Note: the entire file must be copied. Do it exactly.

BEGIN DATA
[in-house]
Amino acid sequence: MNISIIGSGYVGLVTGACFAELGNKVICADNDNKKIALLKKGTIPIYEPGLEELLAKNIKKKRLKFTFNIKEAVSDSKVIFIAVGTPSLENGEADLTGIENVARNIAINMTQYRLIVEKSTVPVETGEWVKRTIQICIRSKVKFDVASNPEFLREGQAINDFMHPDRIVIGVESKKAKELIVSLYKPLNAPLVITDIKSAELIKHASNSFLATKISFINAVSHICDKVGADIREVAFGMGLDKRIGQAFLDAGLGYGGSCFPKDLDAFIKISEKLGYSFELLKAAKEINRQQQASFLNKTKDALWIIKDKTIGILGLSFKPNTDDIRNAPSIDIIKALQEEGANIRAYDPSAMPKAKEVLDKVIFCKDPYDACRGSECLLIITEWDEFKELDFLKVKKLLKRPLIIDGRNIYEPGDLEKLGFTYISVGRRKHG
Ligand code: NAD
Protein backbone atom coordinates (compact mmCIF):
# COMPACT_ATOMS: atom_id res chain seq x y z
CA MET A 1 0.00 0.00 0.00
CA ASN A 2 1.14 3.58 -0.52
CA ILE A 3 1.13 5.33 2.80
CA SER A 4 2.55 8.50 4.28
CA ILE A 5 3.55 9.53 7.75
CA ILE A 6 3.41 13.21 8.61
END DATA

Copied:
[in-house]
Amino acid sequence: MNISIIGSGYVGLVTGACFAELGNKVICADNDNKKIALLKKGTIPIYEPGLEELLAKNIKKKRLKFTFNIKEAVSDSKVIFIAVGTPSLENGEADLTGIENVARNIAINMTQYRLIVEKSTVPVETGEWVKRTIQICIRSKVKFDVASNPEFLREGQAINDFMHPDRIVIGVESKKAKELIVSLYKPLNAPLVITDIKSAELIKHASNSFLATKISFINAVSHICDKVGADIREVAFGMGLDKRIGQAFLDAGLGYGGSCFPKDLDAFIKISEKLGYSFELLKAAKEINRQQQASFLNKTKDALWIIKDKTIGILGLSFKPNTDDIRNAPSIDIIKALQEEGANIRAYDPSAMPKAKEVLDKVIFCKDPYDACRGSECLLIITEWDEFKELDFLKVKKLLKRPLIIDGRNIYEPGDLEKLGFTYISVGRRKHG
Ligand code: NAD
Protein backbone atom coordinates (compact mmCIF):
# COMPACT_ATOMS: atom_id res chain seq x y z
CA MET A 1 0.00 0.00 0.00
CA ASN A 2 1.14 3.58 -0.52
CA ILE A 3 1.13 5.33 2.80
CA SER A 4 2.55 8.50 4.28
CA ILE A 5 3.55 9.53 7.75
CA ILE A 6 3.41 13.21 8.61